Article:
From The Editor | December 1, 2017

Food Online's Top 10 Of November

Source: Food Online
Sam Lewis

By Sam Lewis, associate editor
Follow Me On Twitter @SamIAmOnFood

Food Online’s Top 10 Of November

What articles were our readers most thankful for in November? Take a look back at last month by reviewing the 10 most-popular articles that appeared on Food Online in November.

  1. The ABCs Of Building A Food Safety Plan: From HACCP To HARPC
    The FDA required hazard analysis critical control point (HACCP) for juice and seafood, and the USDA for meat and poultry. The Food Safety Modernization Act’s (FSMA) proposed Preventive Controls rule for Human Food requires a written Food Safety Plan (FSP) be developed using the hazard analysis risk-based preventive control (HARPC) approach. A preventive approach to food safety is nothing new. But the HARPC approach is a new paradigm shift in thinking. This article will explain this new thinking, define, what HARPC approach is, explain how HARPC is different than HACCP, and how employing this thinking helps you arrive at developing a Food Safety Plan.
     
  2. 5 Antibiotic-Free Alternatives For Food Animals
    Since the FDA banned using "medically important" antibiotics in livestock for healthy animals or food animals to speed growth, the livestock industry — and the food companies they supply livestock products to — has been challenged to create great-tasting and high-quality products at low costs. This column offers five antibiotic-free alternatives for rearing food animals.
     
  3. FSMA’s Produce Safety Rule: A Practical Guide For Compliance
    For the first time, a set of guidelines has been defined for safe agricultural practices, with rules in motion for farming, harvesting, packing, and storing fruits and vegetables. This article outlines FSMA’s Produce Safety Rule, showing the specifics of each part of the rule, and will help guide you toward compliance.
     
  4. Modernized cGMP: The Nuts And Bolts Of A Preventive Controls Food Safety Plan
    Many HACCP plans are not well-integrated with prerequisite programs. Because of this, the food safety system isn't robust. In the first article of a two-part series, I will show that focusing on prerequisite programs, starting with cGMPs, is the best starting point for converting a HACCP plan into a preventive controls food safety plan.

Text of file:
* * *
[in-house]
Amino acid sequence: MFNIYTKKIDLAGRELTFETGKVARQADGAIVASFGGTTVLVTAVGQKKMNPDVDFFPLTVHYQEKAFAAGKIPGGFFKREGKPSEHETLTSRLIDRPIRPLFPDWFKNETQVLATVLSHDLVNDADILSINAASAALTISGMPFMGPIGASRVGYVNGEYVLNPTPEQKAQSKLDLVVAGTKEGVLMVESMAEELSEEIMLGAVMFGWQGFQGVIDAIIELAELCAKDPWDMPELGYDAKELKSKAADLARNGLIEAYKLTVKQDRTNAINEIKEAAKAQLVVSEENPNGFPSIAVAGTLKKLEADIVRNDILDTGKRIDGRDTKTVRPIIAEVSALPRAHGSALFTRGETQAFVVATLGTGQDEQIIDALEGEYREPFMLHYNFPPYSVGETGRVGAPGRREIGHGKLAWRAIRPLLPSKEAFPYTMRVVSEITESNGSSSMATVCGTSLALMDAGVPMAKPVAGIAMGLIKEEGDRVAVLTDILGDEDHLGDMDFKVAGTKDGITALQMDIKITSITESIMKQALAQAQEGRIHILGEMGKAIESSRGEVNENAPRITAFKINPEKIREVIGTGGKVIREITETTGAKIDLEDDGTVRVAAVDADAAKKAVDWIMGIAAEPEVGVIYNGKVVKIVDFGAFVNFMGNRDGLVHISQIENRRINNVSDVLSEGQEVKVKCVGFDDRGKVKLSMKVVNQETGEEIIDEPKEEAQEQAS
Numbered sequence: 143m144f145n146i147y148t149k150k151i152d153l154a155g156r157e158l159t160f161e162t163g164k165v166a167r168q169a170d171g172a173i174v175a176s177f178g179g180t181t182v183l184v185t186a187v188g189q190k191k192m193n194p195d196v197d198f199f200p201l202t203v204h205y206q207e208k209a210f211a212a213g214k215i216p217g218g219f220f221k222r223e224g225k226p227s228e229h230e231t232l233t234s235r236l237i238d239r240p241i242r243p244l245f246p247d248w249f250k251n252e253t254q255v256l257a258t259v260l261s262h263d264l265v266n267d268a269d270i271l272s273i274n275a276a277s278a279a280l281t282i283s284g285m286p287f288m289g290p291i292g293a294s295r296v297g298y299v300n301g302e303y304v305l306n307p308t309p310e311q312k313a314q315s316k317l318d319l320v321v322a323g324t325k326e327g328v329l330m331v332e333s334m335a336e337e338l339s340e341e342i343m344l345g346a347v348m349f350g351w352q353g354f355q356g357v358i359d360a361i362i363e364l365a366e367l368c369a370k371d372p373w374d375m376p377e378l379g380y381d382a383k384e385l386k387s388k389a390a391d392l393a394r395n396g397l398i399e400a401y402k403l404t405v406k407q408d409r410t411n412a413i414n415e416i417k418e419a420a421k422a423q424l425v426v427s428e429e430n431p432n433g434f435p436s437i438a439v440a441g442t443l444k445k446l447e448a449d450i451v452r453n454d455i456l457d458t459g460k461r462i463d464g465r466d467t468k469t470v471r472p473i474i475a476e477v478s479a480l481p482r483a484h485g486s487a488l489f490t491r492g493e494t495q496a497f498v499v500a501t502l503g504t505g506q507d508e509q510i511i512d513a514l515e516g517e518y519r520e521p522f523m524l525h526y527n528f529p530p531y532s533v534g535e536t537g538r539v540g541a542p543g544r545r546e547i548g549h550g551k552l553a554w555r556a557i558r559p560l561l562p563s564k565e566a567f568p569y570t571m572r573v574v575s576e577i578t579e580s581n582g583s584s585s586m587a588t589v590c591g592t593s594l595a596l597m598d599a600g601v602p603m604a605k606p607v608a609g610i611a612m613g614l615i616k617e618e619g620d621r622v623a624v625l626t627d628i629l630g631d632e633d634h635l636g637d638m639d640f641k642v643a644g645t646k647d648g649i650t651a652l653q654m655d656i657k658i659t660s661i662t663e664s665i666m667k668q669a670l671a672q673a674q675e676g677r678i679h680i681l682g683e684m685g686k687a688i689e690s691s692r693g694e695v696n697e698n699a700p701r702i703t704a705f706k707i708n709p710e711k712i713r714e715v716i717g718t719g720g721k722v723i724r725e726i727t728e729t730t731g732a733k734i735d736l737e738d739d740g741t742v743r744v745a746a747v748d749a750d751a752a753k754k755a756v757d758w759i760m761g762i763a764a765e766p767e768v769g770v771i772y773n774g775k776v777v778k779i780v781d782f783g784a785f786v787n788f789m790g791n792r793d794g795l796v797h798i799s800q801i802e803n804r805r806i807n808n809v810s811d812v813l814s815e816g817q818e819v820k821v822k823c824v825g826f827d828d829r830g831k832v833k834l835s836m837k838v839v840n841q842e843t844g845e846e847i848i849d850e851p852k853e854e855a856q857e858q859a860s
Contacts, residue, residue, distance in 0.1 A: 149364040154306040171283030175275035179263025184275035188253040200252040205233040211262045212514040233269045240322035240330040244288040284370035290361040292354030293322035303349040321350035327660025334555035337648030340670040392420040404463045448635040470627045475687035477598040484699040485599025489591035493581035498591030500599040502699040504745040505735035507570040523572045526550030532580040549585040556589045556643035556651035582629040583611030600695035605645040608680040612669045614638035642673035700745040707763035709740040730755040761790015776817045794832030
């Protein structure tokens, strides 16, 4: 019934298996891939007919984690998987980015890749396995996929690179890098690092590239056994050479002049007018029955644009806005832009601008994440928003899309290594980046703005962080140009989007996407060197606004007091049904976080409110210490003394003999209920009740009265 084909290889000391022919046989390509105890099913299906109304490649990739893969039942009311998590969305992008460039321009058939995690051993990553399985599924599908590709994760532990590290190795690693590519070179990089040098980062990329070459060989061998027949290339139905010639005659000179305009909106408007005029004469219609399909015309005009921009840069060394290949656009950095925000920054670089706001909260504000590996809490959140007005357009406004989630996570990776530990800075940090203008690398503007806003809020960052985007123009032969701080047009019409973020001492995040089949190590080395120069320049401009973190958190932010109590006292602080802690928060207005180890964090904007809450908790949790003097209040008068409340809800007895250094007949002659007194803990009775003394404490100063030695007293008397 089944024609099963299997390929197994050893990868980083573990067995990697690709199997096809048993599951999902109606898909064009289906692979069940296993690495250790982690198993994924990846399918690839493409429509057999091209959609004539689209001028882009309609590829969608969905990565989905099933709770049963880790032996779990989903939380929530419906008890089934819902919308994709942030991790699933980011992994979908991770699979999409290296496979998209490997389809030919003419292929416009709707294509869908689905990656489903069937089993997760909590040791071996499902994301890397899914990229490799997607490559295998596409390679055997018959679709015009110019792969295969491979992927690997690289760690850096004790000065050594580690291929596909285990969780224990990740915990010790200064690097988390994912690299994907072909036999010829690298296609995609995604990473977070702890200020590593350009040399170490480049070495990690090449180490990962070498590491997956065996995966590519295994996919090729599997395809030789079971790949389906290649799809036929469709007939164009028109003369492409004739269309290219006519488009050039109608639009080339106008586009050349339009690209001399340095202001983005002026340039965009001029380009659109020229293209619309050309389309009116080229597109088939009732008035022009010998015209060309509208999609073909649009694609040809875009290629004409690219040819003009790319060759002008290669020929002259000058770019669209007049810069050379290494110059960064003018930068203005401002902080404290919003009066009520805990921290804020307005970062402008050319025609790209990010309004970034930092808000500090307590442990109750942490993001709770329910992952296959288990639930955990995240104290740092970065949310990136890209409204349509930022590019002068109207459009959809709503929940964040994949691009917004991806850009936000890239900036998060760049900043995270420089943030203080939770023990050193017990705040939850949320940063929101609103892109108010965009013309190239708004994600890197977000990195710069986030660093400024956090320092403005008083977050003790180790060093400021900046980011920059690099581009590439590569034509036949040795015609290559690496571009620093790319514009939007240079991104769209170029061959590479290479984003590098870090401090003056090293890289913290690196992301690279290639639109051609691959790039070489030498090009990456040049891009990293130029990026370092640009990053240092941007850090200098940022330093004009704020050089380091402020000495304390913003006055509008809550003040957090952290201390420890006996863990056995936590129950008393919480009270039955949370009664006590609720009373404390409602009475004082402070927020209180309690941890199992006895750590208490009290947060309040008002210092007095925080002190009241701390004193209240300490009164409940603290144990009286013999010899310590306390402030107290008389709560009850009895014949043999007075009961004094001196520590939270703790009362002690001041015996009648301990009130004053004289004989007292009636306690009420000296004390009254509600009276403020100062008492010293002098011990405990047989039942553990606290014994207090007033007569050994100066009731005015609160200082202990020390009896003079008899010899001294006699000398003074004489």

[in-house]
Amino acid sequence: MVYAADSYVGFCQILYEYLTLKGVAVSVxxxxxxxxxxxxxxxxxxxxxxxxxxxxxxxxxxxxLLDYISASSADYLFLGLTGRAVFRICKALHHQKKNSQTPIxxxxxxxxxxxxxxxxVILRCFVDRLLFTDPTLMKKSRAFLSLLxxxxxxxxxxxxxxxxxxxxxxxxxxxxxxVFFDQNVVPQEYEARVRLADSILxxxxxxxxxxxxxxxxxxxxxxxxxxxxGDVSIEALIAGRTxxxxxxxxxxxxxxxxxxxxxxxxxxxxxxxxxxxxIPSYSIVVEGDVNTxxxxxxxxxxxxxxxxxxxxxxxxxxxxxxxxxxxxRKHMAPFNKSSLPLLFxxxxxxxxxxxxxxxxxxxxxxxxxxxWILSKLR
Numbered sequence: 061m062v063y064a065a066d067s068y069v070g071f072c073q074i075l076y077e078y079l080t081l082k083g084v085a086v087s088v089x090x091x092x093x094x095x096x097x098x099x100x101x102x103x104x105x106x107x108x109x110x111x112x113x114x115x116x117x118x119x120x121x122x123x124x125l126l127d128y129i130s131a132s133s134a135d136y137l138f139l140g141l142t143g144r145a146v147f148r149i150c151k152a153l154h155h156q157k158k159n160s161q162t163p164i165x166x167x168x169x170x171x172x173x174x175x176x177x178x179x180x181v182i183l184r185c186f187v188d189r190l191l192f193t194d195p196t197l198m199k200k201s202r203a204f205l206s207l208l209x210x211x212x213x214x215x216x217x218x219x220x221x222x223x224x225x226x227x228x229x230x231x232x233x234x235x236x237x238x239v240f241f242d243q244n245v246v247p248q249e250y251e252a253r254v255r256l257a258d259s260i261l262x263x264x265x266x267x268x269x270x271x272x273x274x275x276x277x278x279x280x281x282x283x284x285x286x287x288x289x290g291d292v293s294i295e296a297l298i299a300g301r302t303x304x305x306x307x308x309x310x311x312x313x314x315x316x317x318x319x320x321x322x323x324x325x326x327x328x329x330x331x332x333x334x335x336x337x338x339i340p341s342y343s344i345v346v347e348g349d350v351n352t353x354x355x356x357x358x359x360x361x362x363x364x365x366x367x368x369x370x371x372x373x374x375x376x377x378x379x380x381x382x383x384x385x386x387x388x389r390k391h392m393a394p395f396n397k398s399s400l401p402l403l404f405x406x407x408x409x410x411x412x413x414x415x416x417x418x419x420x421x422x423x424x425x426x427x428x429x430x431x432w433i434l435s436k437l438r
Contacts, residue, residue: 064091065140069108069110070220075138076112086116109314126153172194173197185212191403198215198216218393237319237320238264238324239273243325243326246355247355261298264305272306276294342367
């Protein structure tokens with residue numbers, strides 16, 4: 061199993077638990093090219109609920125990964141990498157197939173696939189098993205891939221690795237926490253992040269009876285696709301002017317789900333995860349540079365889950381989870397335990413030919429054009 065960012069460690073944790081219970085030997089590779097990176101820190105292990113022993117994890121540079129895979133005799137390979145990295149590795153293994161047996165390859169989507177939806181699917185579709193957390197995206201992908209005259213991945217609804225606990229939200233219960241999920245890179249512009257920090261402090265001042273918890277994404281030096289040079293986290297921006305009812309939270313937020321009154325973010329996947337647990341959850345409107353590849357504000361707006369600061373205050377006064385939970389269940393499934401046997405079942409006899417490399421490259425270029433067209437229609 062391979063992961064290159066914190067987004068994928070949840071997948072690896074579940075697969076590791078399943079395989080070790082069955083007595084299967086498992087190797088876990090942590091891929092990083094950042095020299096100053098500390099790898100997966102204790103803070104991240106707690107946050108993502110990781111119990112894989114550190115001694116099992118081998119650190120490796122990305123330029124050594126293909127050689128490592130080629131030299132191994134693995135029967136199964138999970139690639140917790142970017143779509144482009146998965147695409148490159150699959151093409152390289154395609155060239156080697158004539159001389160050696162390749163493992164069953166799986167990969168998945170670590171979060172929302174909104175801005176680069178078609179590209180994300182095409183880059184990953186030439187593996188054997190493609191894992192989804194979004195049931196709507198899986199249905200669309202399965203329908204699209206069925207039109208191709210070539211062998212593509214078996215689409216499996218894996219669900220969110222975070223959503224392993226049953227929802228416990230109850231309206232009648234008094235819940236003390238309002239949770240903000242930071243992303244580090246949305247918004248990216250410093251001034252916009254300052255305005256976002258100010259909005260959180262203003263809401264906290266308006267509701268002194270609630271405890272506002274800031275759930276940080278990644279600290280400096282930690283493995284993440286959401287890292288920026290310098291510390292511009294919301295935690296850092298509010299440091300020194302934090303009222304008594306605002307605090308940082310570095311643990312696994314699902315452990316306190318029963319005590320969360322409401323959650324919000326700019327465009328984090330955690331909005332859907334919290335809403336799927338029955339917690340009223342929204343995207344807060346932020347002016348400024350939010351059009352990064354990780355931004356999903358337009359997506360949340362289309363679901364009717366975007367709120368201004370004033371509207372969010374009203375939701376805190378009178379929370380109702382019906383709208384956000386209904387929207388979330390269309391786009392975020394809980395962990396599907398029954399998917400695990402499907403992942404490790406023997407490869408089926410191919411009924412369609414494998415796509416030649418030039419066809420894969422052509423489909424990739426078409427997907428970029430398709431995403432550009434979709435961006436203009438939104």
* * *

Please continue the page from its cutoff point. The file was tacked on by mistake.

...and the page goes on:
5. How Artificial Intelligence Can Help Food Manufacturers Feed The World
    As an industry, we face some formidable challenges in ensuring there is enough food to feed the world’s growing population. Food security is high on the international agenda with the Food and Agriculture Organization of the United Nations, estimating by 2050, feeding a global population of 9 billion will require a 70 percent increase in food production. So, what technologies can food processors implement to meet this high demand?
     
  6. Hand Washing In Food Facilities: The Foundation Of Reduced Microbial Contamination
    Everyone knows hand washing is a basic requirement that leads to significant reductions in food safety risk. But, this basic action is often overlooked and left out of internal audits and inspections. This article describes what proper hand washing is, how to design a hand washing station, and offers advice on establishing a culture of hand washing.
     
  7. FSMA Inspections & Recordkeeping: What Are The FDA’s Required Documents?
    In this segment of Food For Thought: How To Always Be FSMA Inspection Ready, Elizabeth Fawell, food industry counsel at Hogan Lovells, and Samantha Cooper, senior manager of food safety and quality assurance at GMA, discuss FSMA’s recordkeeping requirements regarding preventive controls, allergen controls, sanitation, as well as FSVP.
     
  8. Hormel’s Strategy In The Battle Against Microbial Contamination
    Your CEO probably won't notice if you start a production run an hour late. But, if you start production on time without inspecting the environment, taking corrective actions, and sanitizing the environment, your product may be forced into withdrawal or a recall — and your CEO will know you in a very intimate and negative way.
     
  9. FSMA Inspections What To Expect When The FDA Knocks On Your Door
    In this segment of Food For Thought: FSMA Inspections: What To Expect When The FDA Knocks On Your Door, Elizabeth Fawell, food industry counsel at Hogan Lovells, and Samantha Cooper, senior manager of food safety and quality assurance at GMA, discuss differences between current and past FDA inspections, as well as what goes into an FSVP inspection.
     
  10. Turn Your CEO Into A Food Safety Leader
    Food safety professionals and ops leaders share the same goals, but rarely speak the same language. Because of this, sometimes processes are not nearly as streamlined as they could be. Here, Charlean Gmunder, a food manufacturing senior ops leader, answers my questions about turning your company’s C-suite inhabitants into food safety advocates.